It is clear that, instead of prism 4, a reflecting mirror could be used and that such a mirror could also be mounted so as to be inclinable with respect to housing 1.
The lower end of another structural part 6 is developed as a diaphragm 7 of constant aperture. Part 6 is rigidly connected to a sleeve 8 having external splines which engage inner splines of housing 1. In this way, keyed linear guidance of structural part 6 is assured.
A slitted sleeve or collet 9 is arranged within and securely connected to part 6; sleeve 9 serves to receive the fiber-optical light guide and its connected glass rod, the glass rod being inserted such a distance that its light-radiating end directly abuts diaphragm 7 and spans its aperture. The outer profile of sleeve 9 is of conical wedge shape and cooperates with a corresponding conical wedge-shaped bore at the lower end of a knurled sleeve 10. The knurled sleeve 10 has threaded connection with part 6; when turned in one direction, it moves upward to thereby clamp an inserted light guide in the sleeve 9, via the cooperating wedges.
Housing 1 is surrounded by and threadedly engaged to a knurled ring 11 which carries a stop ring 12 at its upper end. Ring 11 also has threaded engagement at 13 to a shoulder 14 of part 6.
To set the device for different observation distances, the knurled ring 11 is rotated, thereby axially displacing the structural part 6 and thus the clamped light guide and diaphragm 7, with respect to the fixed collector 2, 3. If diaphragm 7 is arranged in the rear focal plane of the collector 2, 3, then a sharp-edge illumination field lying at infinity is illuminated; the illuminated sharp-edge observation field is produced at lesser distances from the observer, by axial displacement of the light guide and diaphragm 7 in the upward direction, within the range limited by abutment of shoulder 14 with stop ring 12.
In FIG. 3, the collector is developed as a zoom system 2', i.e., as a system of continuously variable focal length.
In the above description, mention has been made of a glass rod which is placed on the end of the fiber-optical light guide. This rod need not necessarily be made of glass; it may, for example, also consist of some other transparent material, which material may be colored, if it is not intended to provide white-light illumination of the observation field.
|Cited Patent||Filing date||Publication date||Applicant||Title|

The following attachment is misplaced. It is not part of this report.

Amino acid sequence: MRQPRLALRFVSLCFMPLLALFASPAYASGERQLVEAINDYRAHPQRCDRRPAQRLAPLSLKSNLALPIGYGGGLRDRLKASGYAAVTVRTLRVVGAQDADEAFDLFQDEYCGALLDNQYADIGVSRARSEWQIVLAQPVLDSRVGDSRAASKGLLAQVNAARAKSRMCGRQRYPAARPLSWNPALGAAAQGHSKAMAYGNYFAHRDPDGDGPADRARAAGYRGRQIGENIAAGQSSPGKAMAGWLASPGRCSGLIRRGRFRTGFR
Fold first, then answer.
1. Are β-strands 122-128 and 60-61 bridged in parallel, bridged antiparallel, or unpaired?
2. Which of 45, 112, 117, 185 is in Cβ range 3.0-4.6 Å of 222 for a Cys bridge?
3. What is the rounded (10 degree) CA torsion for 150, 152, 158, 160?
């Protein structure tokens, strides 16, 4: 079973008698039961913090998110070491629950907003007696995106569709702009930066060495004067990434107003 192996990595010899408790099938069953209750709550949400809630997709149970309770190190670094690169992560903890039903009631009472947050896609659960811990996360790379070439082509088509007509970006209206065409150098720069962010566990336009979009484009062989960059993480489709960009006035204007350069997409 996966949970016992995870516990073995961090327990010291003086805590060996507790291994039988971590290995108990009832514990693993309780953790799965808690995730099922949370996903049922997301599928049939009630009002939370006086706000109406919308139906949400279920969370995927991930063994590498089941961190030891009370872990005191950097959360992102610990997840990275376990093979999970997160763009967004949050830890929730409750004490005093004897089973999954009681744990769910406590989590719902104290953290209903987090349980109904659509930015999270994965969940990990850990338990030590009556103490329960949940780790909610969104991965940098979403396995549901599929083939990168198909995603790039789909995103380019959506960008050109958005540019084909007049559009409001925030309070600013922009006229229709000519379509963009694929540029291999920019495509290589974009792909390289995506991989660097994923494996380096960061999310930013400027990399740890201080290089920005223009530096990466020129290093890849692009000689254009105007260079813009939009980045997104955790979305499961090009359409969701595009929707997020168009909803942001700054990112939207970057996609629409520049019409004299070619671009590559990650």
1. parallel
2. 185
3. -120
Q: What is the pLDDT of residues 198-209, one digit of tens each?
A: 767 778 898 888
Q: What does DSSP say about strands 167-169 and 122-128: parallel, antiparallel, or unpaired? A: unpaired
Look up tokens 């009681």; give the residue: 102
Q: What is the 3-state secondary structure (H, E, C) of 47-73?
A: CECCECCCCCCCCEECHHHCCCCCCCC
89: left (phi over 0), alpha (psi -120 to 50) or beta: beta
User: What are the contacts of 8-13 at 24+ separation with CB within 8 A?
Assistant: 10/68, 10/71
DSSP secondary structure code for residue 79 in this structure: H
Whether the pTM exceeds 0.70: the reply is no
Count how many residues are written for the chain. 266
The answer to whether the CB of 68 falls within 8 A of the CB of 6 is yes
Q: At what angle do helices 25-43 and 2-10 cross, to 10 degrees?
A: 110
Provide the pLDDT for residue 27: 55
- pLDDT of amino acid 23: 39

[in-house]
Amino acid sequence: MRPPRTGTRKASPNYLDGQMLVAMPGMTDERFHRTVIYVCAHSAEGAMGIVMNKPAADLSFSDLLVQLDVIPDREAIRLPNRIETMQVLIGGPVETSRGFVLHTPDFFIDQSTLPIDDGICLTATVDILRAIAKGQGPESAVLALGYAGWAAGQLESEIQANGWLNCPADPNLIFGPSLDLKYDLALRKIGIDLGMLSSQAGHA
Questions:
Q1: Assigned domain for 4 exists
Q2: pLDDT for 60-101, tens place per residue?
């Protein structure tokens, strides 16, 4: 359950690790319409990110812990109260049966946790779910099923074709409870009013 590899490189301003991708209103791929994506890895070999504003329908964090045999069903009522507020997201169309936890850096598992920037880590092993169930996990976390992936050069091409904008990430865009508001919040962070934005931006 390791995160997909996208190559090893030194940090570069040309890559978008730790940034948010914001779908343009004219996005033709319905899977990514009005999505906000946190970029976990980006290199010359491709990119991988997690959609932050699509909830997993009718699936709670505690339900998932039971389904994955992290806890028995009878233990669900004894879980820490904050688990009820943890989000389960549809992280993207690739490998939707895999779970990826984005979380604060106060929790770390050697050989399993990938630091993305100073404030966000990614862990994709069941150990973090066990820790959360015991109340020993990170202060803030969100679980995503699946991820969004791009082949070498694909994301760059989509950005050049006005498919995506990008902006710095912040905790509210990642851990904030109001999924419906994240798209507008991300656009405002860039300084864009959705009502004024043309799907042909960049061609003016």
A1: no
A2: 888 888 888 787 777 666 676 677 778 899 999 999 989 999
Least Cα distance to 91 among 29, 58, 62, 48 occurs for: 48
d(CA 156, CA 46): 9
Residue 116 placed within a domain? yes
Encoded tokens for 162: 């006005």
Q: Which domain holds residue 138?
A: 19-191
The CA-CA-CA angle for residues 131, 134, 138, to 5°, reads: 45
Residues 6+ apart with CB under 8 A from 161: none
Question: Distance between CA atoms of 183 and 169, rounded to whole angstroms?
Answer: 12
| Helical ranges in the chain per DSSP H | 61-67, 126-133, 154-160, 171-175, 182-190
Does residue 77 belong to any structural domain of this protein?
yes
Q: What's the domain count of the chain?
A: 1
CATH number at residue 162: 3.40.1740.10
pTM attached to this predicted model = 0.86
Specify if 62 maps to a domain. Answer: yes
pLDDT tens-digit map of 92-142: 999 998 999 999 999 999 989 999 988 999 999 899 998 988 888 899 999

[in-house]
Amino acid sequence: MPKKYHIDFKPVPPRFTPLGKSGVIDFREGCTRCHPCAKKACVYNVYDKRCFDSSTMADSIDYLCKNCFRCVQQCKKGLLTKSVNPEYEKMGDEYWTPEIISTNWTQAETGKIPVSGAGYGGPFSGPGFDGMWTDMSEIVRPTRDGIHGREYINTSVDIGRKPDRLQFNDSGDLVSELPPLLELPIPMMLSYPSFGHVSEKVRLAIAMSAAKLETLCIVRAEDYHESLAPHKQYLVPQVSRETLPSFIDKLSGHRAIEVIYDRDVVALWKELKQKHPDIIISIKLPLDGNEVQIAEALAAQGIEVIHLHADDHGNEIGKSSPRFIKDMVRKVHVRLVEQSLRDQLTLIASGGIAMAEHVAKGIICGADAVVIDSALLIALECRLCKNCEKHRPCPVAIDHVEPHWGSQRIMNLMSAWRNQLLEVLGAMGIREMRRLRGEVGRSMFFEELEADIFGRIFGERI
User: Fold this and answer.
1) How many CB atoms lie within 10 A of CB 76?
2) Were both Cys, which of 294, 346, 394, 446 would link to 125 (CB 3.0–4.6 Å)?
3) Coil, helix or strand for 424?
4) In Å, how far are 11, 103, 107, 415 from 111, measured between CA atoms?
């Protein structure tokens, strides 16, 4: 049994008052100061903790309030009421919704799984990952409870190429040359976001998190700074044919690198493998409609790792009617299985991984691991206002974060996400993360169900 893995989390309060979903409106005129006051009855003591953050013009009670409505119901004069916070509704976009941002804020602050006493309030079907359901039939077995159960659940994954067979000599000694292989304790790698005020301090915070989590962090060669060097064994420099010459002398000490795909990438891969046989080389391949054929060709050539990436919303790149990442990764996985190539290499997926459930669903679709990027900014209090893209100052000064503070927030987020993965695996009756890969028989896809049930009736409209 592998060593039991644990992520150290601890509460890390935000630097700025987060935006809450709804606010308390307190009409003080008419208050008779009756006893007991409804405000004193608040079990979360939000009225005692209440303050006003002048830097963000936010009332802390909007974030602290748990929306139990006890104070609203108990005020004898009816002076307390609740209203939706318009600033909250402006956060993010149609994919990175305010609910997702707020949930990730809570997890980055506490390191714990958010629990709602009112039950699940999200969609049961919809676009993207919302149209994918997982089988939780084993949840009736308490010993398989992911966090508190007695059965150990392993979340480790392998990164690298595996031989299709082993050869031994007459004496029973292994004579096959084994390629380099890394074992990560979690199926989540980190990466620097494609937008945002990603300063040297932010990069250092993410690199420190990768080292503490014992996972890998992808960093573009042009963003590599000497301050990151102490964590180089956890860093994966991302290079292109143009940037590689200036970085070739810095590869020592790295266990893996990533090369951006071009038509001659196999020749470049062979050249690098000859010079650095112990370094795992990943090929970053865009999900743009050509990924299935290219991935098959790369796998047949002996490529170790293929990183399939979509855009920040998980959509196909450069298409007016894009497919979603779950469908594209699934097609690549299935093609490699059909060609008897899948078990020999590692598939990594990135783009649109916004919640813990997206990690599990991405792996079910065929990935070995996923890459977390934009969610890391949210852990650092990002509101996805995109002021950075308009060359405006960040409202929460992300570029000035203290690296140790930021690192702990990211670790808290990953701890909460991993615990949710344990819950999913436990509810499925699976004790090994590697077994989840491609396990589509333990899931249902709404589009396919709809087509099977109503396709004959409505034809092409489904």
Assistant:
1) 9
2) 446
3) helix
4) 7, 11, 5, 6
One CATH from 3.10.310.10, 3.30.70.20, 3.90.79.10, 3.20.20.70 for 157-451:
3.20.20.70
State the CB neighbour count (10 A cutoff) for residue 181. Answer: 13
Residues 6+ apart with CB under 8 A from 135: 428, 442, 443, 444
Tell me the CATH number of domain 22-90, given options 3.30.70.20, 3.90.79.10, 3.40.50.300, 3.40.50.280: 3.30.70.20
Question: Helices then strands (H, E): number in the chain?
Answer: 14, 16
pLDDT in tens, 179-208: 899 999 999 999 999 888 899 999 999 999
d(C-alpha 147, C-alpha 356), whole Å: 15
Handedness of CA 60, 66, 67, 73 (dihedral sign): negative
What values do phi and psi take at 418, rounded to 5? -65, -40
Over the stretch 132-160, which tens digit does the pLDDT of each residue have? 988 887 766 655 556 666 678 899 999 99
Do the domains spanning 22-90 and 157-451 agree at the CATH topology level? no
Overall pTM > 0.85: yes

|US3669524 *||Aug 5, 1970||Jun 13, 1972||Nippon Kogaku Kk||Bright illuminator for microscopes|
|US4153333 *||Feb 23, 1977||May 8, 1979||Fuji Photo Optical Co., Ltd.||Optical fiber bundle with field stop|
|US4215937 *||Jan 29, 1979||Aug 5, 1980||International Telephone And Telegraph Corporation||Method and apparatus for detecting optimum alignment of optical fibers in a connector arrangement|
|US4234910 *||Mar 20, 1978||Nov 18, 1980||Price Linda D||Head-supported illumination device|
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|US4363532 *||Nov 18, 1980||Dec 14, 1982||Carl Zeiss-Stiftung||Automatic substage illumination for microscopes|
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|US4415240 *||Jul 24, 1980||Nov 15, 1983||Olympus Optical Co., Ltd.||Illumination optical system for an endoscope|
|FR1425097A *||Title not available|
|1||Resua et al., Microscope (GB), vol. 28, No. 2, 1980, "Fiber Optics Illumination for Use in Dispersion Staining", pp. 51-5.|
|2||*||Resua et al., Microscope (GB), vol. 28, No. 2, 1980, Fiber Optics Illumination for Use in Dispersion Staining , pp. 51 55.|
|Citing Patent||Filing date||Publication date||Applicant||Title|
|US4818049 *||Jun 10, 1987||Apr 4, 1989||Allied-Signal Inc.||Method and apparatus for efficiently conveying light over a distance and effecting controlled illumination by projection thereof|
|US4887892 *||Apr 8, 1987||Dec 19, 1989||Cell Analysis Systems, Inc.||Method and method and apparatus for control of light intensity for image analysis|
|US4998794 *||Oct 27, 1989||Mar 12, 1991||The Spectranetics Corporation||Meniscus lens for coupling an excimer beam into an optical fiber|
|US5303125 *||Apr 19, 1993||Apr 12, 1994||Miller Jack V||Fiber optic aimable spotlight luminaire|
|US5341275 *||Jan 22, 1992||Aug 23, 1994||Abbas Ghandehari||Compact light source for fiber optics illumination|
|US6056426 *||Sep 28, 1998||May 2, 2000||Federal Signal Corporation||Monolithic beam shaping light output light device|
|US20130121005 *||May 16, 2013||Jan Dahmen||Illuminating lens, observation device and method for producing an illuminating light beam|
|U.S. Classification||385/31, 362/575, 385/36, 359/385|
|International Classification||G02B25/02, G02B25/00|
|Feb 25, 1983||AS||Assignment|
Owner name: CARL ZEISS-STIFTUNG; D/B/A CARL ZEISS; 7082 OBERKO
Free format text: ASSIGNMENT OF ASSIGNORS INTEREST.;ASSIGNORS:SCHMIDT, WILHELM;GRUNVOGEL, KARL;RUBL, LOTHAR;REEL/FRAME:004100/0215
Effective date: 19830215
|Jan 23, 1984||AS||Assignment|
Owner name: CARL-ZEISS-STIFTUNG, HEIDENHEIM/BRENZ, DBA CARL ZE
Free format text: STATEMENT BY ASSIGNEE TO CORRECT THE ADDRESSES OF PREVIOUSLY RECORDED ASSIGNMENTS;ASSIGNOR:CARL-ZEISS-STIFTUNG, DBA CARL ZEISS;REEL/FRAME:004219/0893
Effective date: 19840110
|Jan 9, 1989||FPAY||Fee payment|
Year of fee payment: 4
|Jul 18, 1993||LAPS||Lapse for failure to pay maintenance fees|
|Oct 5, 1993||FP||Expired due to failure to pay maintenance fee|
Effective date: 19930718